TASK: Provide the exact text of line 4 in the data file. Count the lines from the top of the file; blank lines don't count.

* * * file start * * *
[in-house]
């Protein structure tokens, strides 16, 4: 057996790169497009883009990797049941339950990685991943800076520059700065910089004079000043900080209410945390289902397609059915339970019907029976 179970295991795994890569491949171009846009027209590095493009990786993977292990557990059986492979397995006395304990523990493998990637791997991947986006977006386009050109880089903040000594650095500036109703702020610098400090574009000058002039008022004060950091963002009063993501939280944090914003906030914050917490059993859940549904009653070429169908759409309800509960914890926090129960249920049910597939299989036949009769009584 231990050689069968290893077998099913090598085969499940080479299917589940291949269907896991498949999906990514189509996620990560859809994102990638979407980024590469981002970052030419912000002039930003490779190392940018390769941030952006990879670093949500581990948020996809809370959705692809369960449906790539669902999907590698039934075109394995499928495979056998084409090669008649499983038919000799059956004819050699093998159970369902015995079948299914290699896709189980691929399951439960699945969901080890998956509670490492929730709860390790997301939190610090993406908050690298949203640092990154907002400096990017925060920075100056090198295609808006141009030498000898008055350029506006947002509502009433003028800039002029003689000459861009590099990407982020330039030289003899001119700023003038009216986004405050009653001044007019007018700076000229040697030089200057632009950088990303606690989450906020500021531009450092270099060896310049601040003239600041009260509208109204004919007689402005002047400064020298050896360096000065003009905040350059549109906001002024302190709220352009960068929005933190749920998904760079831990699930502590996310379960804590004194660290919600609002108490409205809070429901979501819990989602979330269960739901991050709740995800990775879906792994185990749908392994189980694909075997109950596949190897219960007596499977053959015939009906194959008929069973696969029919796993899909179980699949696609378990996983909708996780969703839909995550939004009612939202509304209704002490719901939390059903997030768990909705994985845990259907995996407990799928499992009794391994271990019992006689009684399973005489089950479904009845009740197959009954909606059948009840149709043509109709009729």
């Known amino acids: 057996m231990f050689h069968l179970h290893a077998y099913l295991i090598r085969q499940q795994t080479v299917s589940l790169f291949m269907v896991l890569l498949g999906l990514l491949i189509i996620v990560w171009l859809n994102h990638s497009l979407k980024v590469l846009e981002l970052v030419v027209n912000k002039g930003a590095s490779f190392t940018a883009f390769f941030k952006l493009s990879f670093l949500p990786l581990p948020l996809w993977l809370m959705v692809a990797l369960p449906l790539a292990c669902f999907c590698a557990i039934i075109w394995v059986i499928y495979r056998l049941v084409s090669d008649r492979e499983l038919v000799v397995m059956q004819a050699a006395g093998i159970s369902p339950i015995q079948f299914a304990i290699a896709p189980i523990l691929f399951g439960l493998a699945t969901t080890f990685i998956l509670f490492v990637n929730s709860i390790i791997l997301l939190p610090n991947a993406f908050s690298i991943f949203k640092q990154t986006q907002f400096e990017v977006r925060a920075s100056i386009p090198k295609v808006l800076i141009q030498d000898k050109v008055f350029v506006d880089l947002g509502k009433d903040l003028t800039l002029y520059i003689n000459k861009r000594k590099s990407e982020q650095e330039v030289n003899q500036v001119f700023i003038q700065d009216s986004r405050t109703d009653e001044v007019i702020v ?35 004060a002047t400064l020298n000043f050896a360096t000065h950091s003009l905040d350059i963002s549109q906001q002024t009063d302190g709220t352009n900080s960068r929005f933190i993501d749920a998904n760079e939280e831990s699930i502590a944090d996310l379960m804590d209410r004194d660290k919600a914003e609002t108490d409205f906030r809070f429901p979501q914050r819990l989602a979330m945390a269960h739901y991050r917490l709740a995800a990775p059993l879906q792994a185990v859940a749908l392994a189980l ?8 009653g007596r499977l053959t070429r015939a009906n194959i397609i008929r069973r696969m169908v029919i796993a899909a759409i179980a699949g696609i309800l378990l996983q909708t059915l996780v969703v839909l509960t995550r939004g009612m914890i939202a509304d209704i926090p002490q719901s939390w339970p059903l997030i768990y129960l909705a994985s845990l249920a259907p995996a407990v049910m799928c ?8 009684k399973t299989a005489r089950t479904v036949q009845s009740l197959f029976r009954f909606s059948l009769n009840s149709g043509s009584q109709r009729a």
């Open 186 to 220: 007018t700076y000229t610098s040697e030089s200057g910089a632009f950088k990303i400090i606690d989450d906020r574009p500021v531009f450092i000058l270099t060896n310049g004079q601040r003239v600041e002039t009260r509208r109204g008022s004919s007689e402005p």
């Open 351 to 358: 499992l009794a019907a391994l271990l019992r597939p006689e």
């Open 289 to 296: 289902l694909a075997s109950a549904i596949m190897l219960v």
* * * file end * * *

């Open 186 to 220: 007018t700076y000229t610098s040697e030089s200057g910089a632009f950088k990303i400090i606690d989450d906020r574009p500021v531009f450092i000058l270099t060896n310049g004079q601040r003239v600041e002039t009260r509208r109204g008022s004919s007689e402005p």